via organizer/activist Michael Lenczner: mtl3p: Presenting CivicAccess.ca / AccèsCivique.ca. See the website here: http://civicaccess.ca/ (plus the launch announcement).
of this site has been sadly neglected for a long time, but I continue to have high hopes that I will be able to resurrect it and post longer-form pieces there from time to time. A small step in the right direction is a little thing I just posted called, “True Facts about Ottawa“. If you’ve been following along, you know that I moved from Montreal to Ottawa last summer, having spent my childhood and youth here in Capital City.
has expanded to include all of Ontario, including the Ottawa area. “It’s 9:44am on Thursday. There are 18 retail outlets you can get booze
in Ottawa and the surrounding region right now [sic].”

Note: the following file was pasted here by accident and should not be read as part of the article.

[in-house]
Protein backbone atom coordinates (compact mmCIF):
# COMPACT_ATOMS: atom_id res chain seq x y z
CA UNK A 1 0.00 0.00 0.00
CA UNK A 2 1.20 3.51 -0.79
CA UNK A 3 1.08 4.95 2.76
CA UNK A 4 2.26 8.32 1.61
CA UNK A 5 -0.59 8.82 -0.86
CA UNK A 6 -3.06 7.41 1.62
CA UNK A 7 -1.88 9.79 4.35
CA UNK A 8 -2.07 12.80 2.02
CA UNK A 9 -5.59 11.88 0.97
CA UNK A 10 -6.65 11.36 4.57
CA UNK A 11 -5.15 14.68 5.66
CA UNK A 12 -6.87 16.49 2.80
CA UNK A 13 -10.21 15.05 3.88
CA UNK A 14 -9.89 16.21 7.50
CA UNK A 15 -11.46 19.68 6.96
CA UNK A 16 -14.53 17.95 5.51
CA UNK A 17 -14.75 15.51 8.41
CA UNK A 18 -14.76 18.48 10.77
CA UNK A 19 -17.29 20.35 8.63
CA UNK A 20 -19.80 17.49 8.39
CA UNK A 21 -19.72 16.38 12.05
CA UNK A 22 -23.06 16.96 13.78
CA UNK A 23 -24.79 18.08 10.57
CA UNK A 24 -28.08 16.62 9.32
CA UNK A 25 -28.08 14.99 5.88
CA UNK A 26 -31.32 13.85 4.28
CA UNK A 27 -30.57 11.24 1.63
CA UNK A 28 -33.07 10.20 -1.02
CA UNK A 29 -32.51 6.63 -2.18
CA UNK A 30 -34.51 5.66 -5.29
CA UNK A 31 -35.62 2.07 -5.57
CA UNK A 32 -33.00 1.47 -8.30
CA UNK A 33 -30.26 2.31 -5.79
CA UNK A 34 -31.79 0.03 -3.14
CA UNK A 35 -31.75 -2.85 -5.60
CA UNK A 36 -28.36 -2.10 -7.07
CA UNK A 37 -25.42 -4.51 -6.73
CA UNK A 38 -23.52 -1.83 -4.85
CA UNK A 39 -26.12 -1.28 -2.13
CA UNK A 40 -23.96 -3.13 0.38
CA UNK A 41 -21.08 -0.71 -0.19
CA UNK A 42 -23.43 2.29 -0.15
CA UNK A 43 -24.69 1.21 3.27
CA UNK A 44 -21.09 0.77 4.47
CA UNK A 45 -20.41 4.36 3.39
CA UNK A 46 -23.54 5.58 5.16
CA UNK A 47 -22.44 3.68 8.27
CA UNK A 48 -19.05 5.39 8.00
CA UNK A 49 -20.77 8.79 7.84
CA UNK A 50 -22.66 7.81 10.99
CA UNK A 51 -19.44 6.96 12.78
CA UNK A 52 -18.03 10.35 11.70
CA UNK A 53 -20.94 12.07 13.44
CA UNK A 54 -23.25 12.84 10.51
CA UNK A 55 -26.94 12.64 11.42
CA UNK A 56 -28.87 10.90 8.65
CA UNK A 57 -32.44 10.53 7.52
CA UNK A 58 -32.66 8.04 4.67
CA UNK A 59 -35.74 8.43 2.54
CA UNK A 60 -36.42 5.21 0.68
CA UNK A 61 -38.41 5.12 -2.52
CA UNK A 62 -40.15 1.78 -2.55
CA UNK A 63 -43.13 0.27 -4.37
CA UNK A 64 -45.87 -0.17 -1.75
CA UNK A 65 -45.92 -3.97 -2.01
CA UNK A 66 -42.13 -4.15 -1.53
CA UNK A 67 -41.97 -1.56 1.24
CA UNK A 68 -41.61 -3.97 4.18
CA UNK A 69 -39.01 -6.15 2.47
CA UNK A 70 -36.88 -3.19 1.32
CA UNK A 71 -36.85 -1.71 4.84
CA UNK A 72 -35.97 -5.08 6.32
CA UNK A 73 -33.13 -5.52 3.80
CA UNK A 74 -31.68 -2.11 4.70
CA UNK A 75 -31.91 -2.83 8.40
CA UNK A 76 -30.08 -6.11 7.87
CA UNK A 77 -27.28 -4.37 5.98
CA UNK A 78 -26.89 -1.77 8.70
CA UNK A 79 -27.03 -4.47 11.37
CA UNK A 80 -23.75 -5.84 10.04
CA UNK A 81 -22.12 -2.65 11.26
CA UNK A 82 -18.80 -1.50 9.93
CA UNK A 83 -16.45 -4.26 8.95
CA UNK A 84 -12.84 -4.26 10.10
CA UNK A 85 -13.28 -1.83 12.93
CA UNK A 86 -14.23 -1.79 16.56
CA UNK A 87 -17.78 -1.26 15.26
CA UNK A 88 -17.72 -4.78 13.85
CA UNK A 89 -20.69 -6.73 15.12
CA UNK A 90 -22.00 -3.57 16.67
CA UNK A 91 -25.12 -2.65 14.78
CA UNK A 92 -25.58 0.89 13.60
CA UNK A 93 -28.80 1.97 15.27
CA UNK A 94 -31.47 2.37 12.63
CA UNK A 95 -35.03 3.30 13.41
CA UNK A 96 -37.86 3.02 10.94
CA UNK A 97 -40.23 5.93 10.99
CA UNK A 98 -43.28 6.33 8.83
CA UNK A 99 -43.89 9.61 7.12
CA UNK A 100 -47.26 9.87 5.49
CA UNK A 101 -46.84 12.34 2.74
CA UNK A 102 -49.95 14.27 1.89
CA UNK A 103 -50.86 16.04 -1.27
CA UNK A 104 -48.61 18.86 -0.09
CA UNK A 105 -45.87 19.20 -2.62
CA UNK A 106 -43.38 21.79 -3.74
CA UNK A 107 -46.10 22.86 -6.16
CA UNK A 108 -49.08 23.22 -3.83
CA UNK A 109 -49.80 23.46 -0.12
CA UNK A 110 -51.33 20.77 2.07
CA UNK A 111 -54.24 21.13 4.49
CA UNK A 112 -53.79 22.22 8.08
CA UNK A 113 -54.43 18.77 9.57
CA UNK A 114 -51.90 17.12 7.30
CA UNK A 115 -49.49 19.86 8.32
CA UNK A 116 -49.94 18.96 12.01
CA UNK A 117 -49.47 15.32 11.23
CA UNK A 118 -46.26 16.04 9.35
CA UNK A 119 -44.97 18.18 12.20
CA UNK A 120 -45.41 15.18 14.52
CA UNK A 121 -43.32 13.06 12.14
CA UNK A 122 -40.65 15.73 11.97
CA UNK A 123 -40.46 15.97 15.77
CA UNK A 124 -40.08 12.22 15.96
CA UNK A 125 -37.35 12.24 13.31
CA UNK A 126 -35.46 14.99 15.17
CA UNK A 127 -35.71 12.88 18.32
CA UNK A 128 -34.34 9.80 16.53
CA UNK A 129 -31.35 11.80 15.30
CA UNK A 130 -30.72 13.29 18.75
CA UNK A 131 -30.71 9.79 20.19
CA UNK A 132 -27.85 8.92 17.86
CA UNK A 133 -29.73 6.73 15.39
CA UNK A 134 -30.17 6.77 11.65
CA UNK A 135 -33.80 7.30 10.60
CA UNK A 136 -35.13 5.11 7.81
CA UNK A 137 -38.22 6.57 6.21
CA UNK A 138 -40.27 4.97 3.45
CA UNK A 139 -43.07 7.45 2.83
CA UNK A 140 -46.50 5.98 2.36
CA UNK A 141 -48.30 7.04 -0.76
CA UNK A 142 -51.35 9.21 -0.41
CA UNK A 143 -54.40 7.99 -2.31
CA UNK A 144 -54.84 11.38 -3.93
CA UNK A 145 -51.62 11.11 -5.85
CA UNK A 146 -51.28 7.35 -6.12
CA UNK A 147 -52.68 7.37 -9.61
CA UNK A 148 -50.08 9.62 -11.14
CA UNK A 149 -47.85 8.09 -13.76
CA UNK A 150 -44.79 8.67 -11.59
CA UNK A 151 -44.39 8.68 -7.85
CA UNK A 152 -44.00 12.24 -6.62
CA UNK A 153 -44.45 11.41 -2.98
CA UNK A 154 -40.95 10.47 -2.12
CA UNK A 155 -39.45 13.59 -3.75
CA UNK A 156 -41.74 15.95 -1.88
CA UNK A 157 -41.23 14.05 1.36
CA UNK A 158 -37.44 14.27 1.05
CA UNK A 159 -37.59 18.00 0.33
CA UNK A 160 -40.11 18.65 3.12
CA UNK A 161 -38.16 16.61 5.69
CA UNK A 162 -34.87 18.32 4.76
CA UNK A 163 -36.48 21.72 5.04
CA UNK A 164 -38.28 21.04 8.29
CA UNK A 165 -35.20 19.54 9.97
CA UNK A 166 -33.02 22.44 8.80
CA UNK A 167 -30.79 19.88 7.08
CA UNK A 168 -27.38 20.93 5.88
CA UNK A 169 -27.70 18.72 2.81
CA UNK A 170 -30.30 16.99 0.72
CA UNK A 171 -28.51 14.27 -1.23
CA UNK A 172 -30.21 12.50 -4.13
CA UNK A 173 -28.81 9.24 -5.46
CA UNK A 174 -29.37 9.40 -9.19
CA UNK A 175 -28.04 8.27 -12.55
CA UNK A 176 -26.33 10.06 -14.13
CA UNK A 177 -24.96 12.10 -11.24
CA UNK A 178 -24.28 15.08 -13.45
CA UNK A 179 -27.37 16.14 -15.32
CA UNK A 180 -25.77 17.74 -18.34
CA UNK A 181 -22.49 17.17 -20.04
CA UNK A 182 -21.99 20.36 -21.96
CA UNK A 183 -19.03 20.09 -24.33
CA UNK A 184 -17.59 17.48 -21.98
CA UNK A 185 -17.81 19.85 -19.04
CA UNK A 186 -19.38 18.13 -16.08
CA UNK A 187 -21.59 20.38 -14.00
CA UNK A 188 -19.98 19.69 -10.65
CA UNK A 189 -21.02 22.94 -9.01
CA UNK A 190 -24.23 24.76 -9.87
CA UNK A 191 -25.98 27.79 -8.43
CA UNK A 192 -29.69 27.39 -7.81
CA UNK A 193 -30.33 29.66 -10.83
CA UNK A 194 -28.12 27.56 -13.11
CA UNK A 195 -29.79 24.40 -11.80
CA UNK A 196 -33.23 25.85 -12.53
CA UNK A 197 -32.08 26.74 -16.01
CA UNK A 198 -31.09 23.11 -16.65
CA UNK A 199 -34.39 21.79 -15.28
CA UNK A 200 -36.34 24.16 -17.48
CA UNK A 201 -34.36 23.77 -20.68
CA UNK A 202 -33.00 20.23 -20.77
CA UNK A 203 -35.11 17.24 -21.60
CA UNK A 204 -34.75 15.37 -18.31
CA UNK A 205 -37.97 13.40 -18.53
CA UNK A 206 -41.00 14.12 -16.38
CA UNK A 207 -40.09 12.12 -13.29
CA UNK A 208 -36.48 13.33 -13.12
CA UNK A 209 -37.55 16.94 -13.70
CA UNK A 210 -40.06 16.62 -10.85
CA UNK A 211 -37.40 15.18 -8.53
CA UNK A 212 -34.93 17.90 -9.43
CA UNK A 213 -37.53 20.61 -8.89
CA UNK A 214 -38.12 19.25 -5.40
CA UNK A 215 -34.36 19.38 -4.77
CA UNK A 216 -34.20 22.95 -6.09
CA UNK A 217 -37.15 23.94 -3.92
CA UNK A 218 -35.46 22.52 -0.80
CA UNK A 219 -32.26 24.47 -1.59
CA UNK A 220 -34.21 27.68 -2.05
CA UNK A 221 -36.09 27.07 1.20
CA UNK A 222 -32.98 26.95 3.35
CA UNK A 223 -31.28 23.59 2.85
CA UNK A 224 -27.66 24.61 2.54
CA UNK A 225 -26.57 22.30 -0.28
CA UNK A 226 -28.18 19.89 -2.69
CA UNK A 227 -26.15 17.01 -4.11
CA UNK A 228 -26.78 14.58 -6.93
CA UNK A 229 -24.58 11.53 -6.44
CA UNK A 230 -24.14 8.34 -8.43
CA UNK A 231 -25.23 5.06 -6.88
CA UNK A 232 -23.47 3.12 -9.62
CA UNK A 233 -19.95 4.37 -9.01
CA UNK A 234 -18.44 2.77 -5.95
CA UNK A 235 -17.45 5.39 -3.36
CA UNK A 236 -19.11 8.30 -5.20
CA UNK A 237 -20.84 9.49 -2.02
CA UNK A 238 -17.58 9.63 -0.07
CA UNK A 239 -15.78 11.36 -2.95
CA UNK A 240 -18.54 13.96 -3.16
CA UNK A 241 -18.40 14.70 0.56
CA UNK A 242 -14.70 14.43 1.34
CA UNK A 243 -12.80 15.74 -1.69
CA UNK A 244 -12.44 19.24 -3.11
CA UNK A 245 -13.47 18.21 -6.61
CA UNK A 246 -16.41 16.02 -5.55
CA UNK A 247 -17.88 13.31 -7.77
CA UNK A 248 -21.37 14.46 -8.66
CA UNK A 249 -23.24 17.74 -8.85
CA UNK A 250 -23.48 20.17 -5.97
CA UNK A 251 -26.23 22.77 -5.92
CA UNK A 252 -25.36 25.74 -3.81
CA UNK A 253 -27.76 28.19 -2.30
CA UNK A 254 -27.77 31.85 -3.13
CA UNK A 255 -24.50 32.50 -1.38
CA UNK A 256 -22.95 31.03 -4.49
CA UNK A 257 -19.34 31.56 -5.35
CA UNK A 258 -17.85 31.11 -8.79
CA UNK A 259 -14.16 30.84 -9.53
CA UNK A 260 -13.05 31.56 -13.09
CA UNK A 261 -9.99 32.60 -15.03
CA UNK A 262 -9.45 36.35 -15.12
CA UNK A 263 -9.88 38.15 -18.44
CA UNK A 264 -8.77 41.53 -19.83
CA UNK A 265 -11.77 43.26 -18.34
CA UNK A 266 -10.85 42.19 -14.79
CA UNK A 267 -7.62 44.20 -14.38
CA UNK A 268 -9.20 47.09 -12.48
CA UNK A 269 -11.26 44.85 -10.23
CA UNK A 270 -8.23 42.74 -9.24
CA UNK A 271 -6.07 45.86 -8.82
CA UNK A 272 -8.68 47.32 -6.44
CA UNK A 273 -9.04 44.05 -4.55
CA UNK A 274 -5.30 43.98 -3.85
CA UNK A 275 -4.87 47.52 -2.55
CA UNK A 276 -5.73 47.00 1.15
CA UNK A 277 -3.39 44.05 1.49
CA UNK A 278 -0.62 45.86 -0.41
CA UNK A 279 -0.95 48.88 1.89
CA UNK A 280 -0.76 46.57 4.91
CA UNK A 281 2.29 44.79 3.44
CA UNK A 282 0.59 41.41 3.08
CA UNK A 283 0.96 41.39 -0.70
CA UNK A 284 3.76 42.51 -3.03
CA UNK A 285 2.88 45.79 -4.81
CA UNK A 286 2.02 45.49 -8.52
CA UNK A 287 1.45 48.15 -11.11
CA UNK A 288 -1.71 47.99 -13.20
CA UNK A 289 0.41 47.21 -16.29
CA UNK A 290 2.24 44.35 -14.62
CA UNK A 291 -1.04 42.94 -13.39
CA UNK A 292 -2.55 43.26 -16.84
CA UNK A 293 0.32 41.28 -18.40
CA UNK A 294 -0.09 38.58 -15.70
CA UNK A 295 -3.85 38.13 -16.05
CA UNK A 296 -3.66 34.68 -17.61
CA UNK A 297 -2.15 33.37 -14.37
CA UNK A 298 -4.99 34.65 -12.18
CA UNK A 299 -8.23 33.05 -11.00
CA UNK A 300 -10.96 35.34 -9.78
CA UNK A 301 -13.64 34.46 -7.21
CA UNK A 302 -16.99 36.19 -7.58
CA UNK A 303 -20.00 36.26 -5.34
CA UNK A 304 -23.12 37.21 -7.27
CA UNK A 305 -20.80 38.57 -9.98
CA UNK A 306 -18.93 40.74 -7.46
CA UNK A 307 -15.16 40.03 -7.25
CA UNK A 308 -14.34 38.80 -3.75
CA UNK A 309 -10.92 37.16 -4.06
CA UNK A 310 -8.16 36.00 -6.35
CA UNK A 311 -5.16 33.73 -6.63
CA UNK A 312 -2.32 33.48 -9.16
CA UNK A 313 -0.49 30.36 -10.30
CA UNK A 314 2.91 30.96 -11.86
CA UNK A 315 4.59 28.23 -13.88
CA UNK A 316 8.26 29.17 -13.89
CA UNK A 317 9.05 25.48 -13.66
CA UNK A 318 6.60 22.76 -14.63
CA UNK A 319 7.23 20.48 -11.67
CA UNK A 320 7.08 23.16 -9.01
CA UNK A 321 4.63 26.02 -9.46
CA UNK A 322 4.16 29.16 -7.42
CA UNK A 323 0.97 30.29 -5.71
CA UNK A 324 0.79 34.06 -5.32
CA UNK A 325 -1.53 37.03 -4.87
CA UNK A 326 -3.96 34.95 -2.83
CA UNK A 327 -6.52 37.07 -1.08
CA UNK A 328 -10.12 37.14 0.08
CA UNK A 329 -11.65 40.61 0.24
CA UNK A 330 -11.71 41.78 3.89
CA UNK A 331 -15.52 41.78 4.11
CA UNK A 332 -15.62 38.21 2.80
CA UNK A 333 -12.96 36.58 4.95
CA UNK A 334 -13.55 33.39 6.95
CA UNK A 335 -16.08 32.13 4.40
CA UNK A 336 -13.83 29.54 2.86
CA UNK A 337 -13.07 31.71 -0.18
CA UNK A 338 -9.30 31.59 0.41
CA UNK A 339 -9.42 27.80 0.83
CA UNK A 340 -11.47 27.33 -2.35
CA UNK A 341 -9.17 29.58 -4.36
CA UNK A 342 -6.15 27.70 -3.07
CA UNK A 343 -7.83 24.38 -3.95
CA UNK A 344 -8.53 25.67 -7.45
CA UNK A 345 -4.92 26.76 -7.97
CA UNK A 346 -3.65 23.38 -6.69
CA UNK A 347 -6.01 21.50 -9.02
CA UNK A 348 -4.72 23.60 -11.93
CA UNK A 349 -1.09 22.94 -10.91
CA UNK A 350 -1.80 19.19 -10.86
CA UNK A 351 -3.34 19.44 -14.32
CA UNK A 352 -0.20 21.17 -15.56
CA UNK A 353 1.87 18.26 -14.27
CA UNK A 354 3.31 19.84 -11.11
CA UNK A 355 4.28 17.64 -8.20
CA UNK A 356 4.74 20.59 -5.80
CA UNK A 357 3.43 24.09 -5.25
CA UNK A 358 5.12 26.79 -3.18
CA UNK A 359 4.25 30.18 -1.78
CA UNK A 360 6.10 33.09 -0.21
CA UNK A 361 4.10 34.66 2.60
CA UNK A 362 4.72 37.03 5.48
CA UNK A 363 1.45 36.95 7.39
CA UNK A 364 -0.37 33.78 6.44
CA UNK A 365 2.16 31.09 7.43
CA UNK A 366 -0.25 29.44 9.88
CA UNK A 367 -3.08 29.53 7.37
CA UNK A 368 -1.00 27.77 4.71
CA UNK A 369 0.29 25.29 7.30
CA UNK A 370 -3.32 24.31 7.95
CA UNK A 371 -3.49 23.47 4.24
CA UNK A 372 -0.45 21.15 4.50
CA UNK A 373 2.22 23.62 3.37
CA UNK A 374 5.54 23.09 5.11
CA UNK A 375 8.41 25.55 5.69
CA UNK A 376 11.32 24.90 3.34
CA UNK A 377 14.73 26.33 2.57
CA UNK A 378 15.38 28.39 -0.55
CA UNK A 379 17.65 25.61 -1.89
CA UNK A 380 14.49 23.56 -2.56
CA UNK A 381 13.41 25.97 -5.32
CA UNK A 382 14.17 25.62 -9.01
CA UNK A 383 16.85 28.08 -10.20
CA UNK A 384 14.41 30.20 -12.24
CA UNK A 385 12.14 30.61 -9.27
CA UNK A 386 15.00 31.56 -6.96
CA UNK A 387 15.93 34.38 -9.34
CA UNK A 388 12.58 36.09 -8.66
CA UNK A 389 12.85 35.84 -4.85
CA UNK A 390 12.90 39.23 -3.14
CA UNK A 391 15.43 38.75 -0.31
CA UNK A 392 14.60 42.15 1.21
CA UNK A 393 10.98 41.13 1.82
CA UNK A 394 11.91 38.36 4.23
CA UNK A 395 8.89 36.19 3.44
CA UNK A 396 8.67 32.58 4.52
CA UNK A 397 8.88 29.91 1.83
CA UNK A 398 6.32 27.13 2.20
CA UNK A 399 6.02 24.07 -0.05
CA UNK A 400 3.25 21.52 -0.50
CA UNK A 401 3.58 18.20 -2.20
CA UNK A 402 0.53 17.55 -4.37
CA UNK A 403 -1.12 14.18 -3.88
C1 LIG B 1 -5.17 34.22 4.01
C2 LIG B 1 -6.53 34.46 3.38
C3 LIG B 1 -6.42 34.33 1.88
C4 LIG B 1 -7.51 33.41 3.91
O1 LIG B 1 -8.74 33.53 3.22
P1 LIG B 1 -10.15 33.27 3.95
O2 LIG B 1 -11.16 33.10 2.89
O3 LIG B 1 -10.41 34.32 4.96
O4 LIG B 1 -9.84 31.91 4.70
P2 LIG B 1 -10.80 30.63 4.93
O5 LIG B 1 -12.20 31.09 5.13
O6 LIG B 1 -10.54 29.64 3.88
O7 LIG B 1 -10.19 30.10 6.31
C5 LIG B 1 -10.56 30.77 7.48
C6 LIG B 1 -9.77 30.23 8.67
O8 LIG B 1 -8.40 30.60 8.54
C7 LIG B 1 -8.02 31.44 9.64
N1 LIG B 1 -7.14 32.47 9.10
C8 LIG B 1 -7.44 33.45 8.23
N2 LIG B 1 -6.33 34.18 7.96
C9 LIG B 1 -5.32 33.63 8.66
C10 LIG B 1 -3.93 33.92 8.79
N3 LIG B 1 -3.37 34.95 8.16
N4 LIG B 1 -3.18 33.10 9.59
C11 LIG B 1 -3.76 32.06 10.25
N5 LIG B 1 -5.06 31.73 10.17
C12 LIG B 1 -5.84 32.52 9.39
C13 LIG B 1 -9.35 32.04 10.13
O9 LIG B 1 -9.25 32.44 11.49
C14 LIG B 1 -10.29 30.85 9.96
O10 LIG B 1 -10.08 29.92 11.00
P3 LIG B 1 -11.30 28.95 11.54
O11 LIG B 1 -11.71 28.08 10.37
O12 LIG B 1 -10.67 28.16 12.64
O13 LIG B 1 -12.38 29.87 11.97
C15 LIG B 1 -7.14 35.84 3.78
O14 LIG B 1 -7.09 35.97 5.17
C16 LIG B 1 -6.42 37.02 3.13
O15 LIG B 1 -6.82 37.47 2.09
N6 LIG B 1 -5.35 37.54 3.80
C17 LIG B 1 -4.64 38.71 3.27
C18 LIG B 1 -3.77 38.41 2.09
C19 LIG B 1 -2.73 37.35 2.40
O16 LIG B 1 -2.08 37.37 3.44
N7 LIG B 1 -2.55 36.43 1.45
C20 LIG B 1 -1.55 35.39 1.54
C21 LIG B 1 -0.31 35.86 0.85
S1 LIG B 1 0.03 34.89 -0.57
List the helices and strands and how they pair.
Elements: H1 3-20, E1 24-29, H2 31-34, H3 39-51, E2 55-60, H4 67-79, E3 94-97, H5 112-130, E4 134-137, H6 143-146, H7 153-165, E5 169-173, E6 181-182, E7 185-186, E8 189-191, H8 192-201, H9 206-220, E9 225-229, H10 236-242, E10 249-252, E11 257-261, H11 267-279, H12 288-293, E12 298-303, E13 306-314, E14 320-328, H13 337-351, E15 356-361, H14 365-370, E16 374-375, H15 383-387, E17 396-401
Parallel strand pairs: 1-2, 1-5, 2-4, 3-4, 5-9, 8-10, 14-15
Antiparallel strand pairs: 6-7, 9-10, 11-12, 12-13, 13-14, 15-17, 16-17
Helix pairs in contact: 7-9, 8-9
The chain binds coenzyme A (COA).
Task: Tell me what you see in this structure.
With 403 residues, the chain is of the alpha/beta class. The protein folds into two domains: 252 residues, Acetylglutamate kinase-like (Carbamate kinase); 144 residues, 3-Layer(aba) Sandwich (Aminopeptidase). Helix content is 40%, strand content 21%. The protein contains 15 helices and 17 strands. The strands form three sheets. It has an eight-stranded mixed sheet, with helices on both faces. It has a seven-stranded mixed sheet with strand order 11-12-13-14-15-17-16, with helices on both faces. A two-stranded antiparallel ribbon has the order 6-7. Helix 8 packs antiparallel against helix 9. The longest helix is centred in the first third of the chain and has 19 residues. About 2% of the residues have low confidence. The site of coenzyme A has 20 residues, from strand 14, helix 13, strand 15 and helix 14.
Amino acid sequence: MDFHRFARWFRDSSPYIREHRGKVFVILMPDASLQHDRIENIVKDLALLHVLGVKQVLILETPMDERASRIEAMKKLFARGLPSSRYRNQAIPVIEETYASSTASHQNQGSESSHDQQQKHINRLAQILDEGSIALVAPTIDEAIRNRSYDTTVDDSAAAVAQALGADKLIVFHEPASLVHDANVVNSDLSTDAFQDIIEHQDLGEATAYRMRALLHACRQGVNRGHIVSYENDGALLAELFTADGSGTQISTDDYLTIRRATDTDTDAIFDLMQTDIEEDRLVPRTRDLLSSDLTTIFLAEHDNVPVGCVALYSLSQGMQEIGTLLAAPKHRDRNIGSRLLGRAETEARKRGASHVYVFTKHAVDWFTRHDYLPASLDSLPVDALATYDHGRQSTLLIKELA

here in the last week, but before it gets too late I want to note that one of my many activities, last Wednesday’s first* Ottawa Bloggers get-together at the always fabulous Manx Pub was a pile of fun. Miss Vicky aka Vicky Smallman did most of the heavy lifting in terms of organization, and proved to be a delightful host. Also attending were Accidental Altruist, and both women brought their companions as well, who were also good company. It was a good start to what will likely come to be known as YOWblog or some such.
I’ve noticed since moving to Ottawa two weeks ago is that almost all of the big-box stores I’ve been in – i.e., many of them – feature entry doors on the left and exits on the right as you’re facing the store. In Montreal, and in most other places I’ve been, in general you go in to a store on the right and leave by the left. In other words, when you leave, that exit is on the right as well from that perspective. If this were the case in one or two stores I would assume that it’s just a quirk of that particular building or location that the designer had to flip the layout. In Ottawa, though, it seems to be the norm. I wonder what accounts for the difference?